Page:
Experts also suggested that Pyongyang may feel it had accomplished its goal of raising pressure on the South and wanted to avoid provoking a stronger reaction that could involve the United States.
“It is trying to test the water and watch Seoul’s response while slowing down the tempo since Kim Yo Jong issued her statement,” said Lee Ho Ryung, a research fellow at the Korea Institute for Defense Analyses.
She also said it would be hard for North Korea to follow through with its threat to distribute anti-Moon leaflets in the South because the rainy season has begun, making it difficult to get them across the border.
Good cop, bad cop?Nathan Hunt, a specialist on North Korea who contributes to Jane’s Intelligence Review, said it could also be an effort to boost the hardline credentials of Kim Yo Jong by showing the leader’s younger sister and potential successor as a supporter of the military who only pulled back when ordered.
“This might be the brother and sister playing good cop, bad cop, so as to help raise her standing among the military,” Hunt said.
Kim Yo Jong, who has emerged as the North’s main point person on inter-Korean relations, accused the South Korean government of conniving with the anti-North activists to send the leaflets across the border in violation of past agreements.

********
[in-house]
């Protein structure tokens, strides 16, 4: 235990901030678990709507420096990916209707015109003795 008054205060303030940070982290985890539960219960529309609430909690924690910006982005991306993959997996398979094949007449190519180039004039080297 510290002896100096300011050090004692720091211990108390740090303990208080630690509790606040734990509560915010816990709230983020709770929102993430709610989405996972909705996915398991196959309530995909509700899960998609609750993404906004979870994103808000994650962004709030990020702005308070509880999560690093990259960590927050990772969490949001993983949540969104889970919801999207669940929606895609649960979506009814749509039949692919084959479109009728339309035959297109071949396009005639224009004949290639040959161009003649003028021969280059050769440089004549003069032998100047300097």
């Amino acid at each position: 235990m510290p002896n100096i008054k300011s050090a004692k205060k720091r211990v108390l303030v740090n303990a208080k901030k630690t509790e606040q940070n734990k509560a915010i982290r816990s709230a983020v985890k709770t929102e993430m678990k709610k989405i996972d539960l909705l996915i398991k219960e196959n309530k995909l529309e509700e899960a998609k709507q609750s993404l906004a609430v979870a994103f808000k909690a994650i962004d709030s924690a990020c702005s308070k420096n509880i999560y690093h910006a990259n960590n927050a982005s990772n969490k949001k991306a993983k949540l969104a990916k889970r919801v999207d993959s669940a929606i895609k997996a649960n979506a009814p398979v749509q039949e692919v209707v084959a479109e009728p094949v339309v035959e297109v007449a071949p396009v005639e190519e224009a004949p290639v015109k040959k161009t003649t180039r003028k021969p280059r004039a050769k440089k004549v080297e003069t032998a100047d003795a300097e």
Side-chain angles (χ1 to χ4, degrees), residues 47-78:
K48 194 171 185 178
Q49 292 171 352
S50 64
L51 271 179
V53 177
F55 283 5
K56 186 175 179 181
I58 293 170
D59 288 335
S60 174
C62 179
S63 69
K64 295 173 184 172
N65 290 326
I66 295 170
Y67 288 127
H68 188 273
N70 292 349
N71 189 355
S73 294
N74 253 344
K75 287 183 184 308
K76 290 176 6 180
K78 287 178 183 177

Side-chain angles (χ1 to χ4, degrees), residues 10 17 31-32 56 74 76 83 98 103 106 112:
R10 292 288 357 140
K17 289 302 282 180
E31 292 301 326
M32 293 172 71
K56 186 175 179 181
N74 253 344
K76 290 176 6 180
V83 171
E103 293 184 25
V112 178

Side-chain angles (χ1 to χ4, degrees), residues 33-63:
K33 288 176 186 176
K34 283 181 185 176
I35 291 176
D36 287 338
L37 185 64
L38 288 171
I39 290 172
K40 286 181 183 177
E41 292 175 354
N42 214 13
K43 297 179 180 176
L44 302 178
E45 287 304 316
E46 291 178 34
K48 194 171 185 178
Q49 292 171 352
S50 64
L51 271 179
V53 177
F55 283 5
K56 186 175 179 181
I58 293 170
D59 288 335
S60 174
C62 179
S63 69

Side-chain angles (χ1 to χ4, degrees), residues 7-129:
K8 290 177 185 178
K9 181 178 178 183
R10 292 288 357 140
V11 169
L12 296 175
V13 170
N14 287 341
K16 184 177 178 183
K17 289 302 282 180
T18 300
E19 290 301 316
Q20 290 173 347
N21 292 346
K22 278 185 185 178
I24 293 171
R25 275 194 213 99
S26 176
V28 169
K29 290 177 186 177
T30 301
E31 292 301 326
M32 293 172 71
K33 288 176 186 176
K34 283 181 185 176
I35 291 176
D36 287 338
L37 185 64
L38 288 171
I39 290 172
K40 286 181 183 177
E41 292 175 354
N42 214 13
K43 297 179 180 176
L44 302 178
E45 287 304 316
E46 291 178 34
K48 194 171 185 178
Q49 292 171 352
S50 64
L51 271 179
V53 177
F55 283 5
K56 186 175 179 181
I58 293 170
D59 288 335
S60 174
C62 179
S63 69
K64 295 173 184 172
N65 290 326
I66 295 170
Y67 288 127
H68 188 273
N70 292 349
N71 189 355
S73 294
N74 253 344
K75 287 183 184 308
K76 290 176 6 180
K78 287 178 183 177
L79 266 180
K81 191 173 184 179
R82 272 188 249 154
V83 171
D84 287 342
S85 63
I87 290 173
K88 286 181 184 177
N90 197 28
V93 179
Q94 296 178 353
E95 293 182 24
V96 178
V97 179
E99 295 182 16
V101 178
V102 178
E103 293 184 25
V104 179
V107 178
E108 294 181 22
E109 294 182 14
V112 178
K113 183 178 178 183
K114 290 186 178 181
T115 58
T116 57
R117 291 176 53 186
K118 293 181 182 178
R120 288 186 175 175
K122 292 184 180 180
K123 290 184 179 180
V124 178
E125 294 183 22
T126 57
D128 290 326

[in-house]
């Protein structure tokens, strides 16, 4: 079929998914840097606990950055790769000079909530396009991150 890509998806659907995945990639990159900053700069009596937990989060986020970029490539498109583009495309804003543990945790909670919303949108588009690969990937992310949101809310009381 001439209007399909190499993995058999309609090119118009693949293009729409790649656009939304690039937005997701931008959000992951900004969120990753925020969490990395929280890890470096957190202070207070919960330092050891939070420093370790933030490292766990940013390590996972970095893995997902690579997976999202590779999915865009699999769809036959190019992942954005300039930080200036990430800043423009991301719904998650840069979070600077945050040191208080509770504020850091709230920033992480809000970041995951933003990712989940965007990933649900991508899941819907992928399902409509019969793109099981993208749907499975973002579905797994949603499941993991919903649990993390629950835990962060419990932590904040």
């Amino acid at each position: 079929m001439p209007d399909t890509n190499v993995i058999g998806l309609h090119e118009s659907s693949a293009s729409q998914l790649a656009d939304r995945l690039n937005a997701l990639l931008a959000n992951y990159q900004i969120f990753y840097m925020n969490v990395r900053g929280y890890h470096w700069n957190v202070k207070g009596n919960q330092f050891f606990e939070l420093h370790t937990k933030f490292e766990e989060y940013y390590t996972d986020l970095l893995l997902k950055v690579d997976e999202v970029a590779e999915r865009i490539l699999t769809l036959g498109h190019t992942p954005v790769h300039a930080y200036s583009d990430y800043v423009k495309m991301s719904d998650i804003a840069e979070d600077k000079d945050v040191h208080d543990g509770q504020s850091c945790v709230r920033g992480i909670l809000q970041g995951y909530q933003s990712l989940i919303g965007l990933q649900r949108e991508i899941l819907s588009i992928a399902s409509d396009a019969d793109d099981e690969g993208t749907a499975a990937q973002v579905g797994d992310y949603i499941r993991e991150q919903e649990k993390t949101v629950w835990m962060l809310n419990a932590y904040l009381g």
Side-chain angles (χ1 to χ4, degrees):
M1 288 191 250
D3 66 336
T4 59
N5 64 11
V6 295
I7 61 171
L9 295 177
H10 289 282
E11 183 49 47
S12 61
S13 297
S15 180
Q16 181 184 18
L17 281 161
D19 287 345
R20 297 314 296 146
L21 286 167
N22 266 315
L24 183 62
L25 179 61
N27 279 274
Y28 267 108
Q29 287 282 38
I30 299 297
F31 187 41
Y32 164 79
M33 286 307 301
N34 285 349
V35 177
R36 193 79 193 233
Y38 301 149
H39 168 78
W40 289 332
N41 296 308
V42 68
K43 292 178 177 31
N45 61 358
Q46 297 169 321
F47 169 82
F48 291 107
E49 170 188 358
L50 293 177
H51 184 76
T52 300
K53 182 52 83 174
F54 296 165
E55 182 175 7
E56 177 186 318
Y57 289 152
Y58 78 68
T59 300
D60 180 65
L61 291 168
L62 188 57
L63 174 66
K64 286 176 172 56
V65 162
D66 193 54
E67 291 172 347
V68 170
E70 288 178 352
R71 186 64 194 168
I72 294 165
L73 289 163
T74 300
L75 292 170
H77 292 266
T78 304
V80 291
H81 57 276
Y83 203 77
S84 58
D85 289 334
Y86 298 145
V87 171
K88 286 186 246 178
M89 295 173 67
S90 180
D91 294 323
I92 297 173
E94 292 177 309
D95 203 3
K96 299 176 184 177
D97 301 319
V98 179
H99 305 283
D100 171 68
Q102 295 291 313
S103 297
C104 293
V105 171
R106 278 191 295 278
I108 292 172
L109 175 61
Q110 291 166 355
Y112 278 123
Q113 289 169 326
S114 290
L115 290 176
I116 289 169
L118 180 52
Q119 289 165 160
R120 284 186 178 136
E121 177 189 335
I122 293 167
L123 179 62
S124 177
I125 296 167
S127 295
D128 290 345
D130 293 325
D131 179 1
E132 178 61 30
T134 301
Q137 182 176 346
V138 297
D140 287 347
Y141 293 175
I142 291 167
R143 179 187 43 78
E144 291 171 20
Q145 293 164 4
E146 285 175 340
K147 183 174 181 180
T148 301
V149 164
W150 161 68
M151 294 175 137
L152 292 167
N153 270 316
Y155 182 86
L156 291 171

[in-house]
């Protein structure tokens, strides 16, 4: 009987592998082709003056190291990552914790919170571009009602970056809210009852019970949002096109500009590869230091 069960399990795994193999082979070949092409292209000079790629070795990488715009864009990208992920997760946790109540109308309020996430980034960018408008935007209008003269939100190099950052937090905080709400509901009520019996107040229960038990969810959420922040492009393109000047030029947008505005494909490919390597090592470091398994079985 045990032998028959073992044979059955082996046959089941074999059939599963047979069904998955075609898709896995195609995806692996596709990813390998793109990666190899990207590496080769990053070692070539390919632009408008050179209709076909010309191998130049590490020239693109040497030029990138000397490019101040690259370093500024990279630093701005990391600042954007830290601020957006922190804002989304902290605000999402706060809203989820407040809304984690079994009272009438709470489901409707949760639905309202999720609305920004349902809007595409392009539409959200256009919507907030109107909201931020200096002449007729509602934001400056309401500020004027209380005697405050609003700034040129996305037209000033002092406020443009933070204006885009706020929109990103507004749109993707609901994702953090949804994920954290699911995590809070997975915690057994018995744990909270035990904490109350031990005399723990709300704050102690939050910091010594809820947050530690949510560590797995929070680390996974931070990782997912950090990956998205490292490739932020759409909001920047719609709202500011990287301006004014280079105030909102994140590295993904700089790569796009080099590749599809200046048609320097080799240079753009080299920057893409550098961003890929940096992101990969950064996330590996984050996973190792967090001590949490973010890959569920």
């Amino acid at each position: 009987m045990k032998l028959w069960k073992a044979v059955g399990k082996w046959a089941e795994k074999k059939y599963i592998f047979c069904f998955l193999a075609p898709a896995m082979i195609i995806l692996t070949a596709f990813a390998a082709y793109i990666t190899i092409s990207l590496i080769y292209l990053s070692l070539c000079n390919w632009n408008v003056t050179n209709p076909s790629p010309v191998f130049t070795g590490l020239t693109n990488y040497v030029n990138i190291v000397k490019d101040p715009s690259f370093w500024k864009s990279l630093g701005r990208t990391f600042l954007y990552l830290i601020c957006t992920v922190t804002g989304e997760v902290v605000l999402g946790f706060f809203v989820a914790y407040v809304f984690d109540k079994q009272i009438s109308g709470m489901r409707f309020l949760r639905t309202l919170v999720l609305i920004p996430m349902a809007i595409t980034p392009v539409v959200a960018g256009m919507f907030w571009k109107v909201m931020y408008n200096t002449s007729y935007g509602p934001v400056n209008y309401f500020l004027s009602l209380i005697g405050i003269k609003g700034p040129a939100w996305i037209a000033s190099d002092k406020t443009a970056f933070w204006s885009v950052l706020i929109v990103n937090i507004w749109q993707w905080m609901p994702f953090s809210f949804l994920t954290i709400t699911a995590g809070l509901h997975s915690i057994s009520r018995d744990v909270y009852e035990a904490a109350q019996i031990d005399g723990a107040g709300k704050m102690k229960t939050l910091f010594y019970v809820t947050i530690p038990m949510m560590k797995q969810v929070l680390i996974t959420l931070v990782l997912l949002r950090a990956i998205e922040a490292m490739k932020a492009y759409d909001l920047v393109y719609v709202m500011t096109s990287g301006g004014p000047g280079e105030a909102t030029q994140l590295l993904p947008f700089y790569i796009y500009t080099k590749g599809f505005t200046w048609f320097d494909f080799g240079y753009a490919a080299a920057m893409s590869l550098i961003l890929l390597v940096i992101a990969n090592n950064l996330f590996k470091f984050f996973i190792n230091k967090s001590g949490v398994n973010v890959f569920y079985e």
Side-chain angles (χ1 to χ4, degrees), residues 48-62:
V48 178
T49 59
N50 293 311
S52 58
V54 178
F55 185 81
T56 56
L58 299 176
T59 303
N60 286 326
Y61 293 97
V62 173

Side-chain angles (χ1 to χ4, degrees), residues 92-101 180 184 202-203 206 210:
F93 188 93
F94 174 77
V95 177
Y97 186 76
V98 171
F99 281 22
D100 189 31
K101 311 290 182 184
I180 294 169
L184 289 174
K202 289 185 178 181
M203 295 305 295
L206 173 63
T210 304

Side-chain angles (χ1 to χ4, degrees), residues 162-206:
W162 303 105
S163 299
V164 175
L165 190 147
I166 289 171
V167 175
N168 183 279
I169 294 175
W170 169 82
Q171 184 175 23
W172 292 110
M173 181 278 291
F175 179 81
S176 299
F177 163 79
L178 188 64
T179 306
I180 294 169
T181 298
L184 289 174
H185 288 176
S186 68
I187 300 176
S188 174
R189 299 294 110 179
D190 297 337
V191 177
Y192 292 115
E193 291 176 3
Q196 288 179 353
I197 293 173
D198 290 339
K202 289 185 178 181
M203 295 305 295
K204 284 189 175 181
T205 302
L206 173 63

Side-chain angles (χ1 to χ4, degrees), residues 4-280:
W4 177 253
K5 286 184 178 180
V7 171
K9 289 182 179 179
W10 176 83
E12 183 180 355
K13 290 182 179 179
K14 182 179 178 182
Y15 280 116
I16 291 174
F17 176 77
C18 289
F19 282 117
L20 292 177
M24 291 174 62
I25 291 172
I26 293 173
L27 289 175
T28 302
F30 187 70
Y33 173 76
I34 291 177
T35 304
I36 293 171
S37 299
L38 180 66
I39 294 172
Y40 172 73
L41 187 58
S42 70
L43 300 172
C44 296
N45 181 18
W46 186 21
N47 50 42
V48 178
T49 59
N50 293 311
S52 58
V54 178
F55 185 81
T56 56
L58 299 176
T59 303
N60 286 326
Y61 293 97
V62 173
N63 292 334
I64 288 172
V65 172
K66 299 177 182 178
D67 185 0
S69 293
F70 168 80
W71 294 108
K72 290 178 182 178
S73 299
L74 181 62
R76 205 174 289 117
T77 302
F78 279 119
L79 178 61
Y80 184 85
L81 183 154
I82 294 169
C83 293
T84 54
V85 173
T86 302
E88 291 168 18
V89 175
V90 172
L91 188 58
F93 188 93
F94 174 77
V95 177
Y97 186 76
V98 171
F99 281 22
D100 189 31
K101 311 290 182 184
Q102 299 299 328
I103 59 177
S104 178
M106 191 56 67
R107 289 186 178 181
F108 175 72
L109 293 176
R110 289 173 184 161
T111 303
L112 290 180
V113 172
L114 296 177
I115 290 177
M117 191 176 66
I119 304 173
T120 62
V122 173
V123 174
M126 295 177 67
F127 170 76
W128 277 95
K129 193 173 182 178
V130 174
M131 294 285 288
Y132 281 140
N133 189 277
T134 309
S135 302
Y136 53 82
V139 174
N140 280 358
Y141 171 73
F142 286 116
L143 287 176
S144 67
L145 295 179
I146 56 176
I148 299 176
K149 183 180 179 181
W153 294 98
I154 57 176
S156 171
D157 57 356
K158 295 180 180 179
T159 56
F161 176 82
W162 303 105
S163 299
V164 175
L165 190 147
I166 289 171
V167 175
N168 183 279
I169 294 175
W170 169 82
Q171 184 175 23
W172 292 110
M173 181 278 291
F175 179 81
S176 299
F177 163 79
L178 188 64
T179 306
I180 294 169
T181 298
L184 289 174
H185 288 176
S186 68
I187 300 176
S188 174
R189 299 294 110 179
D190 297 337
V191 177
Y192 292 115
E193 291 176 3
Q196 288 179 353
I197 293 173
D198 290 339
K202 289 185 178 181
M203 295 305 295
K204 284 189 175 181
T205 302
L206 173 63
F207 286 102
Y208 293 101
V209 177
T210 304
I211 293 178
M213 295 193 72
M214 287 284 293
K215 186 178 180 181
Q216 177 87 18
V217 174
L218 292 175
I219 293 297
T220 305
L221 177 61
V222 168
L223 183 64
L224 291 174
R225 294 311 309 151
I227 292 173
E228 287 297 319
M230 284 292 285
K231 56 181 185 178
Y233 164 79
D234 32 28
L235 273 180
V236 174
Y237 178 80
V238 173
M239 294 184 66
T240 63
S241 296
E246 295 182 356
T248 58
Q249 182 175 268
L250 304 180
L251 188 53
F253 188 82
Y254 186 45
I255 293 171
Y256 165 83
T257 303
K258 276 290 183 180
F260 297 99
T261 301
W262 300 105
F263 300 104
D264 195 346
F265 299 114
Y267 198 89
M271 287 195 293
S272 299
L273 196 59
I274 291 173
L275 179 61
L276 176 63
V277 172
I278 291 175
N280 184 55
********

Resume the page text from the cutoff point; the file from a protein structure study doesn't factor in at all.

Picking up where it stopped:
She warned earlier this month that the liaison office would be demolished and said she would leave it up to the North Korean army “to decisively carry out the next action.”
The army’s general staff then threatened to redeploy troops to frontline areas in what would be a reversal of a 2018 military agreement with the South, and to support North Korean efforts to scatter propaganda leaflets criticizing South Korean President Moon Jae-in’s administration. State media showed photos of people producing anti-Moon leaflets.
Door to diplomacyThe spat has raised fears of a new crisis that could pose another setback to stalled U.S.-led efforts to persuade the North to abandon its nuclear weapons.
Pyongyang has conducted several short-range missile and artillery tests in recent months as it expressed increasing frustration over the lack of diplomatic progress.
Marc Knapper, deputy assistant secretary of state for Korea and Japan, said Wednesday that “the door to diplomacy remains open.”
“We remain ready to engage in dialogue with the North, and we remain committed to a diplomatic solution to address the nuclear and missile issues,” he said during an online forum hosted by the New York-based Asia Society. “We have to work hand in hand with the South Koreans to do this.”
He also said he wouldn’t rule out the possibility that diplomacy could resume before the November presidential election, pointing out that it had happened during Bill Clinton’s presidency.
“History has shown the North Koreans seem quite capable of engaging in an election year,” he said, declining to go beyond that. “I’ve been proven wrong before when it comes to making predictions about what’s going to happen.”